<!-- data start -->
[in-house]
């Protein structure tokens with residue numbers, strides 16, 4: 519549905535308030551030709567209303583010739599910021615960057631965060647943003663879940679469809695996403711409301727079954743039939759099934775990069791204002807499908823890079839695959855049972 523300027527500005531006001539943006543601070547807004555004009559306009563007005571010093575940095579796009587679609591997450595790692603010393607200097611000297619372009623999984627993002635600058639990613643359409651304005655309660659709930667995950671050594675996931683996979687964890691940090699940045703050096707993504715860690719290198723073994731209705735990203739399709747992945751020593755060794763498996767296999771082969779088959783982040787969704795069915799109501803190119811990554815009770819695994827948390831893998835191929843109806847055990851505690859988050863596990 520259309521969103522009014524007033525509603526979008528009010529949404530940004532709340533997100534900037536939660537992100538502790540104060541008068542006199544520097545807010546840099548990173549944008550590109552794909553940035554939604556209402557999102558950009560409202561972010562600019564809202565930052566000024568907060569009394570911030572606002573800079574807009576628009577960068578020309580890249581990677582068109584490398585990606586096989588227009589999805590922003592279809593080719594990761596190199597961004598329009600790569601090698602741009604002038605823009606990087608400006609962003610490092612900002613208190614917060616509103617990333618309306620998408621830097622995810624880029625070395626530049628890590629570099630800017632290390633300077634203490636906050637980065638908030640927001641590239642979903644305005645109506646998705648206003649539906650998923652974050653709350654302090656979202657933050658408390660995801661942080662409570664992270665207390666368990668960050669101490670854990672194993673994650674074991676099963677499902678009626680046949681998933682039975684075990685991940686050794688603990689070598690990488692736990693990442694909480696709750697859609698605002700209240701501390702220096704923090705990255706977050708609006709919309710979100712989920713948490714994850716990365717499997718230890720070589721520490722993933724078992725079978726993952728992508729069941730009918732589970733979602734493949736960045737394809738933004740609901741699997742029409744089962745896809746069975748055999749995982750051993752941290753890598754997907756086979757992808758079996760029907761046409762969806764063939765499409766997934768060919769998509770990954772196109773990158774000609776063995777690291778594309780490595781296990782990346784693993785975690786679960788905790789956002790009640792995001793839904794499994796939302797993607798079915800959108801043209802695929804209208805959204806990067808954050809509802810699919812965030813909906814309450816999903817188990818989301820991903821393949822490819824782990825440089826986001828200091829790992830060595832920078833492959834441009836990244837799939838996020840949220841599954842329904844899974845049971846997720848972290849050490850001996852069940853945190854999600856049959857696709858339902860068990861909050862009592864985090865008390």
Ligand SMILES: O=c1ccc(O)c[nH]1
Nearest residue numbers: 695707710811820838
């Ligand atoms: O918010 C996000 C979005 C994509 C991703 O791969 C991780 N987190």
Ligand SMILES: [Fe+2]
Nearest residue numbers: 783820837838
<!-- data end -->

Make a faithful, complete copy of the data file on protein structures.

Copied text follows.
[in-house]
């Protein structure tokens with residue numbers, strides 16, 4: 519549905535308030551030709567209303583010739599910021615960057631965060647943003663879940679469809695996403711409301727079954743039939759099934775990069791204002807499908823890079839695959855049972 523300027527500005531006001539943006543601070547807004555004009559306009563007005571010093575940095579796009587679609591997450595790692603010393607200097611000297619372009623999984627993002635600058639990613643359409651304005655309660659709930667995950671050594675996931683996979687964890691940090699940045703050096707993504715860690719290198723073994731209705735990203739399709747992945751020593755060794763498996767296999771082969779088959783982040787969704795069915799109501803190119811990554815009770819695994827948390831893998835191929843109806847055990851505690859988050863596990 520259309521969103522009014524007033525509603526979008528009010529949404530940004532709340533997100534900037536939660537992100538502790540104060541008068542006199544520097545807010546840099548990173549944008550590109552794909553940035554939604556209402557999102558950009560409202561972010562600019564809202565930052566000024568907060569009394570911030572606002573800079574807009576628009577960068578020309580890249581990677582068109584490398585990606586096989588227009589999805590922003592279809593080719594990761596190199597961004598329009600790569601090698602741009604002038605823009606990087608400006609962003610490092612900002613208190614917060616509103617990333618309306620998408621830097622995810624880029625070395626530049628890590629570099630800017632290390633300077634203490636906050637980065638908030640927001641590239642979903644305005645109506646998705648206003649539906650998923652974050653709350654302090656979202657933050658408390660995801661942080662409570664992270665207390666368990668960050669101490670854990672194993673994650674074991676099963677499902678009626680046949681998933682039975684075990685991940686050794688603990689070598690990488692736990693990442694909480696709750697859609698605002700209240701501390702220096704923090705990255706977050708609006709919309710979100712989920713948490714994850716990365717499997718230890720070589721520490722993933724078992725079978726993952728992508729069941730009918732589970733979602734493949736960045737394809738933004740609901741699997742029409744089962745896809746069975748055999749995982750051993752941290753890598754997907756086979757992808758079996760029907761046409762969806764063939765499409766997934768060919769998509770990954772196109773990158774000609776063995777690291778594309780490595781296990782990346784693993785975690786679960788905790789956002790009640792995001793839904794499994796939302797993607798079915800959108801043209802695929804209208805959204806990067808954050809509802810699919812965030813909906814309450816999903817188990818989301820991903821393949822490819824782990825440089826986001828200091829790992830060595832920078833492959834441009836990244837799939838996020840949220841599954842329904844899974845049971846997720848972290849050490850001996852069940853945190854999600856049959857696709858339902860068990861909050862009592864985090865008390």
Ligand SMILES: O=c1ccc(O)c[nH]1
Nearest residue numbers: 695707710811820838
């Ligand atoms: O918010 C996000 C979005 C994509 C991703 O791969 C991780 N987190």
Ligand SMILES: [Fe+2]
Nearest residue numbers: 783820837838